What is the Glasgow outcome scale? score 1-5, 1) death, 2) vegetative, 3) severe disability, 4) moderate disability, 5) good recovery
What is the best way to handle TBI pts? keep things simple and routine, avoid things that bother the pt and use what calms them down
T/F the token economy is a good way to provide a automatic, quick, and easy reinforcement. TRUE
What is the largest killer and disabler of children? brain injury
When and what gender is most likely to sustain a TBI? after school and boys
T/F A TBi is an acquired brain injury due to an external physical force TRUE
What are secondary injury to an inital TBI? edema, hemorrhages, hypoxia, ischemia, excitotoxicity, seizures, infection
What care causes of TBI in toddlers? MVA, balls in street, falls
What is the second impact syndrome? second concussion within hours or days of the first. 50% die and the other 50% will have permanent brain damage
T/F In order to have the classification of a concusion, consciousness must be lost FALSE
When is a mild TBI diagnosed (hint timeframe) when there is a change in metal status at the time of injury
When is a moderate TBI diagnosed (hint timeframe) a loss of consciousness for minutes to hours, confusion for days to weeks, impairments for months or are permanent
T/F a lot of time more pressure is put on mental and cognitive recovery than physical recovery FALSE, the opposite
What does executive function involve? ability to monitor and regualte behvaior, understand feedback and mistakes, cognitive flexibility, thinking, sequencing, relationships, and what makes me me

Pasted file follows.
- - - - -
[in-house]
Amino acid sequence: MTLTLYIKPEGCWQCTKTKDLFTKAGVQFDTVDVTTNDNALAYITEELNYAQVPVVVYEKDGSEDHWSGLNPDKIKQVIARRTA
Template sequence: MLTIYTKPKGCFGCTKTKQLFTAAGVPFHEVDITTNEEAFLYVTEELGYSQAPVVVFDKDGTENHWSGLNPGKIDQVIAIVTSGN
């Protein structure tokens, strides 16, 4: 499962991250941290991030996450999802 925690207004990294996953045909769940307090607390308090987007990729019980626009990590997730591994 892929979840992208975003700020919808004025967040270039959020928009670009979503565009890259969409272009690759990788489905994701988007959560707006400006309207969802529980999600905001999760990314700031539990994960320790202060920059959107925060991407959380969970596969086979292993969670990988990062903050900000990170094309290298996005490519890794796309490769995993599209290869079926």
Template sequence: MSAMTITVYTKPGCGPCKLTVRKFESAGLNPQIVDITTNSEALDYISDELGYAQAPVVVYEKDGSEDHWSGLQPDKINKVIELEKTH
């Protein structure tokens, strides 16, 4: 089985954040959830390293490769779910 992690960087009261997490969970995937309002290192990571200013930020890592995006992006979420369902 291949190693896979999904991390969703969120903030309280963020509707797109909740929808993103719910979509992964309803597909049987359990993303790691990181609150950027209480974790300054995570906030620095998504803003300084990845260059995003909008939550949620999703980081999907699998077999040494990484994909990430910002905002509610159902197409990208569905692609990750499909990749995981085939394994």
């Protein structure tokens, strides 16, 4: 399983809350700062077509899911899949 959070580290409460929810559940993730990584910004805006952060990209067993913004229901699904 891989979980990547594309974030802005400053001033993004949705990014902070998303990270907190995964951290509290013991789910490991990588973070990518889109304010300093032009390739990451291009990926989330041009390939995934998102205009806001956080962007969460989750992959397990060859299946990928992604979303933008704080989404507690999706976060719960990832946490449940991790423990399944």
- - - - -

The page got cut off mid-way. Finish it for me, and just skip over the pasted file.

What part of the brain is responsible for emotions? frontal lobes and limbic systems
How can one manage a child with a TBI behavior? environmental controls and reinforcement
What are the stages of acceptance? denial, anger, depression, barganing, acceptance
What are some possible motor problems related to a TBI? spasticity, abnormal tone, ataxia, tremors (hyper and hypo), dysarthria, apraxia
What is opisthotonic posutring? extreme posturing due to high tone and requires padding
What are some possible sensory problems related to a TBI? visual, perceptual, hemianopsia, diplopia, anosimai, dec auditory acuity, aphasia, hyper/hypo sensitivity
What are possible secondary motor impariments following a TBI that can develop overtime? contractures, deformities, heterotropic ossifications
What are some physical therapy interventions? improve functional abilities / motor control, increase: awareness to environment, purposeful responses. prevent musculoskeletal impairments, work with vestibular system (swings, bouncy balls), positioning, stretching, mobilization, cast/splint.
T/F serial casting can be done to manage tone or fix contractures until the pt is ready for orthotics TRUE
What are some medical managements for high tone? ablation surgery, excitation implantable device, inrathecal baclofen pump, botox, phenol
Created by: Leeli.PT